As to the change of taxa, yes you stated what I think is reasonable to expect. If we only end up with new species then we won't have new families. Maybe you could expound on that to demonstrate how it could happen? So for instance Piotr was explaining about the differences between dog and cat families. This is more than pupil changes and a retractable claw. It involves skeletal and inner ear changes and probably a lot more. What kind of mutation is required to make such changes?

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    53. As to the change of taxa, yes you stated what I think is reasonable to expect.

      Wait, are you referring to this:

      My guess at what Graham means by "change of taxa" is. En example where post-speciation one of the daughter species does not belong to a clade the ancestral species belonged to.

      Seriously? And:

      If we only end up with new species then we won't have new families.

      Are you expecting that "new families" can possibly arise? Again: Seriously?



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    54. Graham Abbot writes, with regards to the difference between cat and dog lineages, "This is more than pupil changes and a retractable claw. It involves skeletal and inner ear changes and probably a lot more. What kind of mutation is required to make such changes?"

      Mutations can produce an enormous diversity of changes in bones, ears, claws, and all the other traits that organisms have. The same kind of mutations we always see: SNP's, indels, etc. The thing is, in the long time the cat and dog lineages have been separate, several different mutations have become fixed, causing multiple differences between these groups.

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    55. Mutations can produce an enormous diversity of changes in bones, ears, claws, and all the other traits that organisms have.
      .
      Can you give an example we have observed? I am not talking about wings duplicating or taking the place of antenes, I am talking about something new like a foot replacing a hand.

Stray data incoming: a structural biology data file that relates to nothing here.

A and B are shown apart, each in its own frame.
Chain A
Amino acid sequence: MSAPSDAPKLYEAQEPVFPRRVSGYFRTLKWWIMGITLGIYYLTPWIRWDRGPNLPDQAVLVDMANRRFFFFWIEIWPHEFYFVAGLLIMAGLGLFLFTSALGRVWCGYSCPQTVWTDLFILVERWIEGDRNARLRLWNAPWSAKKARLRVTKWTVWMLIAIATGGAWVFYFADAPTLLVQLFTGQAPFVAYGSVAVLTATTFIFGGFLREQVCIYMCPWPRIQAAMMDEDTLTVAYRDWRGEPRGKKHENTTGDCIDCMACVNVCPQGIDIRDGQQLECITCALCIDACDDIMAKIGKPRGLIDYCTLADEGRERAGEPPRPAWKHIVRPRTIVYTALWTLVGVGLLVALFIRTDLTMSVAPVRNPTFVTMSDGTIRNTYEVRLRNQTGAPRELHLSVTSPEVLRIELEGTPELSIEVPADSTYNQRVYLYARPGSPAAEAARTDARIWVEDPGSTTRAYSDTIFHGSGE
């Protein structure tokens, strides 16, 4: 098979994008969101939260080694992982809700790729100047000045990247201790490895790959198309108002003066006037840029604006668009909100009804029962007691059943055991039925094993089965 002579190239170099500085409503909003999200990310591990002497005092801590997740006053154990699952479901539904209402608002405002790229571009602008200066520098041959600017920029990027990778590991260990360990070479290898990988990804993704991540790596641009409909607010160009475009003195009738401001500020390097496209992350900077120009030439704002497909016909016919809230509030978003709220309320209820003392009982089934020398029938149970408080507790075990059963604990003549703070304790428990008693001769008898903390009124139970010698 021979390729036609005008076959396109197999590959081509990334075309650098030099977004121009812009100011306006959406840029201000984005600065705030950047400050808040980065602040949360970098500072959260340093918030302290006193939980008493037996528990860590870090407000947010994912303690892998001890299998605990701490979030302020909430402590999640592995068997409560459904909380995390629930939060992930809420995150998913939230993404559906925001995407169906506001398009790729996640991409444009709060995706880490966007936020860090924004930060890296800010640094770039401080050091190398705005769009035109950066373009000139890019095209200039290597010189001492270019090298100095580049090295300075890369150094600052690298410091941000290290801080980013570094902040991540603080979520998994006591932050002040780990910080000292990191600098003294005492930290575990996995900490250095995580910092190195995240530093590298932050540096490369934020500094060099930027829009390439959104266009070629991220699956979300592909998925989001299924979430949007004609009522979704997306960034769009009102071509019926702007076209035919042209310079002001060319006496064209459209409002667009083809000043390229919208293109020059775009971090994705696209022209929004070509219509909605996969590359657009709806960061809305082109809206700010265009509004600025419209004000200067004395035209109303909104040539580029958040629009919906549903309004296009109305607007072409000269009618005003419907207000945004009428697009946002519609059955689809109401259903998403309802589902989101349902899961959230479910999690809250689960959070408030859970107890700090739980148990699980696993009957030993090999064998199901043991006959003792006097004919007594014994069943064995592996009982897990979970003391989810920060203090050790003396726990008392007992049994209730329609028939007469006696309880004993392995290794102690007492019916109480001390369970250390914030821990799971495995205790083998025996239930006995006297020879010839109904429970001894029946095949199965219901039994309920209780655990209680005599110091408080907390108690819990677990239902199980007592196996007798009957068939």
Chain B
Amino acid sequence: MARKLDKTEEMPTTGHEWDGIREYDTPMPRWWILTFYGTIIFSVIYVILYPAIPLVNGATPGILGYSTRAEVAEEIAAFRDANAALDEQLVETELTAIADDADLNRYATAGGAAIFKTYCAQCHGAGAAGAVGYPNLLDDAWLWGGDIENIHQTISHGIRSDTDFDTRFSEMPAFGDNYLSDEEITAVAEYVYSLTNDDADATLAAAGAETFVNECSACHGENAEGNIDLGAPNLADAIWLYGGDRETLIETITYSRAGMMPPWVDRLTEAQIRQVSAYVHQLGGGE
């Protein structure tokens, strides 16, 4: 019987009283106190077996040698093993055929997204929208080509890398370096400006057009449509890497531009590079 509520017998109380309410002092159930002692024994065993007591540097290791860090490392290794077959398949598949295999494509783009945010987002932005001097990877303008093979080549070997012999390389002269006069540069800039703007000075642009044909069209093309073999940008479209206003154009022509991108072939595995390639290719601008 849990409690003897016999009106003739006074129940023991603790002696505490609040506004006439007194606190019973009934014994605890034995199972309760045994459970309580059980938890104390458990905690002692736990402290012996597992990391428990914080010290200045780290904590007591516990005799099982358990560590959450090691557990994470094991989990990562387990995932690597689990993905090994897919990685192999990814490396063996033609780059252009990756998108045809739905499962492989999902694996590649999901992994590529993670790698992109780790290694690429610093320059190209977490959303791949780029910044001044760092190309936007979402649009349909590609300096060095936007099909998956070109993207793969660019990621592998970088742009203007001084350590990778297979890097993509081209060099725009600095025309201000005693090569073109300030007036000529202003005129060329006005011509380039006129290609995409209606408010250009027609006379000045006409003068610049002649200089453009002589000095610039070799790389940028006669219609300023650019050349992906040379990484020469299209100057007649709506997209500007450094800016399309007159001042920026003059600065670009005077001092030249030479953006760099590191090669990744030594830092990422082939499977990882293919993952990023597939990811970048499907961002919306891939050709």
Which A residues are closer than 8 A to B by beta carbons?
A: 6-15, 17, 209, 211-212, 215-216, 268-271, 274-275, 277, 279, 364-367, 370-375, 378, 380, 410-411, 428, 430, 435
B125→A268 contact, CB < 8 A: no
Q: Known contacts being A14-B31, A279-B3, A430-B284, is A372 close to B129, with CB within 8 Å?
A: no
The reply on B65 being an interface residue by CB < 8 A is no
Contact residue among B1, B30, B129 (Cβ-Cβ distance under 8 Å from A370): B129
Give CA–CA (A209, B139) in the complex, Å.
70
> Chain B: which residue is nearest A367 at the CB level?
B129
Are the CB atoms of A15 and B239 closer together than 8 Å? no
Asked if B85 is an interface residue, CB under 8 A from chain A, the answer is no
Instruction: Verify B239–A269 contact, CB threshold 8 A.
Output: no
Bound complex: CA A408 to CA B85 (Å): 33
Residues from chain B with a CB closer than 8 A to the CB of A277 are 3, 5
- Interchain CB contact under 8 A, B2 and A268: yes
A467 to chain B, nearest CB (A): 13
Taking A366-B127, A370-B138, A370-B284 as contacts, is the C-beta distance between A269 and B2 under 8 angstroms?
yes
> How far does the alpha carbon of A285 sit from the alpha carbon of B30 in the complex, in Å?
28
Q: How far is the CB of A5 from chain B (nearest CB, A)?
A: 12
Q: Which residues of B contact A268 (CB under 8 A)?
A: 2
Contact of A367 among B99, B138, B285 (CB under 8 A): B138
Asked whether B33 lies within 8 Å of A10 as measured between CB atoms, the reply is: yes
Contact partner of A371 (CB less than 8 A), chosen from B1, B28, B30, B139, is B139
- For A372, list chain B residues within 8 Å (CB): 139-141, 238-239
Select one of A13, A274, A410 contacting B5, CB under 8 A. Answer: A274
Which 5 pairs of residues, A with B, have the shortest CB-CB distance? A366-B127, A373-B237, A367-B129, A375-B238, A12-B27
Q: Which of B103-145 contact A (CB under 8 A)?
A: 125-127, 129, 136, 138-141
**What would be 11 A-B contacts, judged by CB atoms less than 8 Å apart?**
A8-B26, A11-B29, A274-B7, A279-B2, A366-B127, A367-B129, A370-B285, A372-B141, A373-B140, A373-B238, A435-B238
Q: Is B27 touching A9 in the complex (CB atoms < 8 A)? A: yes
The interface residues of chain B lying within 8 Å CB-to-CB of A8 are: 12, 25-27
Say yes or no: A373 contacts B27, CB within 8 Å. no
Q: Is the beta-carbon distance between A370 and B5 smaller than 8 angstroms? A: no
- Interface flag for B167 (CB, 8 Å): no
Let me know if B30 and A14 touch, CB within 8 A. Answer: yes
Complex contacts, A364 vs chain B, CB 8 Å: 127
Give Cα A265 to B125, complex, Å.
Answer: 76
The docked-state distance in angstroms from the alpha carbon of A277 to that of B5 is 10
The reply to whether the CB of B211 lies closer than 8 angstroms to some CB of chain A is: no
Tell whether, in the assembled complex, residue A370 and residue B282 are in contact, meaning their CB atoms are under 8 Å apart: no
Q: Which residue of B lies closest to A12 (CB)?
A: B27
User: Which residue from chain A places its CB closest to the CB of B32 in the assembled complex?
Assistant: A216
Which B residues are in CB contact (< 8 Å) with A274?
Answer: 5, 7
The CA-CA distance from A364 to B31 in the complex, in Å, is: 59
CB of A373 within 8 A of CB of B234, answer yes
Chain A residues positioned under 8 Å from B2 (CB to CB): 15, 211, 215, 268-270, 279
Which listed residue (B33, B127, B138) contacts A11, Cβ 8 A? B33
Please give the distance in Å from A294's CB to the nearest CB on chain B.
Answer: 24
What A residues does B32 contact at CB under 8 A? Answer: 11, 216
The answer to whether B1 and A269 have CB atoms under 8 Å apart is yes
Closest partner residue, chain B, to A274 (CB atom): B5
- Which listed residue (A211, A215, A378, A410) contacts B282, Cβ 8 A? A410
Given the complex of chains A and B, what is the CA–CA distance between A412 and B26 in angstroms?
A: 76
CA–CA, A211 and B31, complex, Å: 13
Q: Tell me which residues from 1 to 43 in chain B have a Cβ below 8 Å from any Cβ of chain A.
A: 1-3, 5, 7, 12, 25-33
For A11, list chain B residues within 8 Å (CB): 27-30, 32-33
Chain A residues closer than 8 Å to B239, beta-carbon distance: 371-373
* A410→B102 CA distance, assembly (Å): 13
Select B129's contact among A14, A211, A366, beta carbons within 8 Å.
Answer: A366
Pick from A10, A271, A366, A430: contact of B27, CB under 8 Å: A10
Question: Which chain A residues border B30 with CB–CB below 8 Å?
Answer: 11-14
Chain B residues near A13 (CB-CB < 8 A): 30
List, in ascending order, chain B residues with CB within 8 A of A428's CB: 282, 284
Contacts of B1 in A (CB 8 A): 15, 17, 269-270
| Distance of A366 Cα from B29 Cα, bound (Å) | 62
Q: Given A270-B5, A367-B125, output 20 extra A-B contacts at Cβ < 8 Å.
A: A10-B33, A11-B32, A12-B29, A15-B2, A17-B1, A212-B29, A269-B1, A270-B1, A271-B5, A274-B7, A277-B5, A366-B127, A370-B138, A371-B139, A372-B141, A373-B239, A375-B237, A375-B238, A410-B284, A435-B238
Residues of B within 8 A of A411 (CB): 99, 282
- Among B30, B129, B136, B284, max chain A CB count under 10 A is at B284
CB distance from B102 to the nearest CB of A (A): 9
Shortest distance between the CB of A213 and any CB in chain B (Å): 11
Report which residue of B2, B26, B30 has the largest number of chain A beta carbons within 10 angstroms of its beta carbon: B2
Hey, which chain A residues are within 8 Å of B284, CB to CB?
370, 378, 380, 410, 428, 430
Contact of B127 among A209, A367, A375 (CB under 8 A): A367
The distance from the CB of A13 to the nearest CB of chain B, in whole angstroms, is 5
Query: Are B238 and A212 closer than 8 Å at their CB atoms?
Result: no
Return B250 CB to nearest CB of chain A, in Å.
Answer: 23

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  14. Graham is confusing two different questions: 1. how to get the chimp-human divergence time 2. Given the divergence time, how to understand their overall genetic diffence. The point he is not hearing is that you can calculate the divergence time using SNPs even while ignoring other types of genetic change.

    Analogy for Graham: Say you photocopy a sheet of text, then photocopy the photocopy, and so on. Specs of dust randomly cause letters to be photocopied incorrectly (1 in 1000 letters on average, each time). Also, sometimes you misalign the page so that some lines of text gets chopped off the top or bottom. Some time later, of the original 10,000 letters, 1000 were lost at the top and bottom (9000 remain, a 10% difference). However, you can easily line up those 9000 letters with the middle region of the original text, and see that 180 letters there are corrupted (2% of the 9000 letters are different).

    Based on this info, estimate how many photocopies separate the old text from the new text. (Hint: solve 0.98 = 0.999^n). Note that this calculation only depends on the 2% difference due to "point" changes, not the overall 10% difference due to deletions.

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    1. The reason I am not hearing that we can calculate the divergence time with SNPs while ignoring other types of genetic change is that I didn't see anyone make the claim or show how we establish the time needed. To do that we would need to know how far we need to go and how fast we are going there. If we use the 82 bp change per generation as the speed, what is the distance?

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    2. " If you exclude things like ERVs, TEs and indels (all of which happen at unrelated rates), you end up with ~35 Million differences."
      That's what I posted a week ago. We can identify which changes are changes of one base into another one and which are not. That's something we get when we have aligned the sequences. We use these because the rates for other types of change are nowhere near as constant. We know TEs tend to have short periods where they are very active and then they are not (how do we know this? Each copy of a TE in a genome of course is also subject to point mutations. So we can align the copies of that TE from a particular genome with each other and work out when they diverged from one another).

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  15. Looks like your blog is dying Larry.... I think you have just banned your only hope for the revival of your sad-walk blog-Robert Byers. If you both took your meds and at the same you could possibly have a meaningful conversation about your delusions, though so far apart and, so different.

    BTW: I've always wondered what or who drives some people to deny all logic and lie to themselves....It was going to be my thesis but I was warned that it would not fly very well for no particular reason whatsoever....

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    1. I see candidates for the position of village idiot are already queuing to be inteviewed.